One of his points was that RDBMS restrictions such as limits on column size are outdated. They were sensible in the old days when disk space was at a premium, but these days you don’t need to limit how many characters you store in a last name field. MarkLogic stores all records as documents with no file size limit (AFAIK) to avoid such an issue. From experience developing web forms, there’s the occasional client or system user who doesn’t understand why we need to have character limits on fields. We also had this system where they wanted to be able to type unlimited-length rich text content (we stored it as HTML in the backend) in memoboxes. These were fields where they had to write stuff like notes and assessments and most of their data was pages of text. I feel like that sort of thing would have been a great use for NoSQL.
Another point he raised was that RDBMS systems were very bad at allowing the user to search like three columns at random. You needed to know in advance which three columns to index. For document stores like MarkLogic, typically the entire document is indexed so that problem is avoided. Of course, that means that functions like “sorting by last name” need a bit more setup. You need to build a range index in MarkLogic to sort by a specific field. So it’s kind of a trade-off either way.
Now to be fair, Oracle does support indexed full-text search over any number of columns via Oracle Text. But it’s not the default behavior and definitely not straightforward. I used to work with Oracle Text a lot in some of my older projects, and the amount of time it took to index any nontrivial amount of data often gave us a headache.
I should do a test sometime to determine how well MarkLogic’s indexing performs. The story goes that MarkLogic started out as a document search application before they changed gears to become a database. They even approached VC’s with the intent of competing with Google. They’ve had a lot of time to get good at this, so I have high expectations.
The MarkLogic server itself is an interesting piece of engineering. It’s basically a document store, a search engine and an application server all rolled into one package. Upon installation you get some administrative web applications for configuration purposes. The admin interface seems robust and thorough. Contrast that with Oracle where you often find yourself needing to tinker around with configuration files and such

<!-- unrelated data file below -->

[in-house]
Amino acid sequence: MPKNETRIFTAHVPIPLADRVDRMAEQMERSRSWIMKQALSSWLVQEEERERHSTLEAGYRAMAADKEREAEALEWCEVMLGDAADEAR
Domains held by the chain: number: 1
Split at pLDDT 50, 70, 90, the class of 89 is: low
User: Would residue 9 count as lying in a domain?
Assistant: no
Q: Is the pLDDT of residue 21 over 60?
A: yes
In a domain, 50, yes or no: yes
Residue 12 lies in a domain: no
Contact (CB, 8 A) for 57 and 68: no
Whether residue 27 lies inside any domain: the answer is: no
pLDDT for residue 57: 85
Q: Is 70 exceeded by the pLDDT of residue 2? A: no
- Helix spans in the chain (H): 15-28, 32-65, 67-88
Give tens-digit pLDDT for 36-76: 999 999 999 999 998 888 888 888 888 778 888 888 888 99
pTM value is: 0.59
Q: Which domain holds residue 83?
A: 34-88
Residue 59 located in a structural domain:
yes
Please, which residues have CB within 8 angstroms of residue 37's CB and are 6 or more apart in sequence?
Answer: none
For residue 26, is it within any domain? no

You can run web applications on the MarkLogic server itself. The supported languages are XQuery and server-side JavaScript. Odd choices I know. I suspect due to historical reasons they started out with XQuery, but the SJS side has the same capabilities (or so we’re told). If you’re not a fan of either option, you can also expose the server’s functionality via a REST interface. They also provide existing Java and Node.JS APIs on top of that REST interface. All of this means you can deploy any kind of webapp in front of MarkLogic server.
The world is moving towards bigger data stores, so it’s not unreasonable to think that NoSQL is on the way up and will be big players in the future. So I think the training was worth it (even if I did have to stay in Ortigas for a while). It’s early still. MarkLogic might still turn out to be as painful to work with as Oracle was. But at the very least it’s interesting to try a different approach to enterprise data storage. Looking forward to see what kind of applications we can build with this tech.


A couple of years ago, two friends and I were being tourists in Barcelona. With its wide, spacious streets and strangely uniform city blocks, we walked around a lot. During one of our tourist days, we decided to eat some paella on the way back to our AirBNB. Who comes to Barcelona and doesn’t eat paella right?

We ended up walking for quite a while. Every time we came upon a new restaurant that served paella we would consider the price and the restaurant and would think, hey maybe we can find somewhere better or cheaper further along the way. At one point a Pinoy working in a nearby restaurant even overheard us talking about it in Tagalog and he called after us as we walked away. “Dito, mura lang!”, but we paid him no heed.

How could we know which restaurant was the best one until we walked all the way and saw all the options? But walking all the way back to the AirBNB to see all the options meant we would go for a longer time tired and hungry, so that was obviously no good. Even worse, we may find at the end of the walk that the best choice was too far back and we end up with a suboptimal paella. At some point, we would have to decide that “Okay, the paella here looks good enough, let’s eat here.”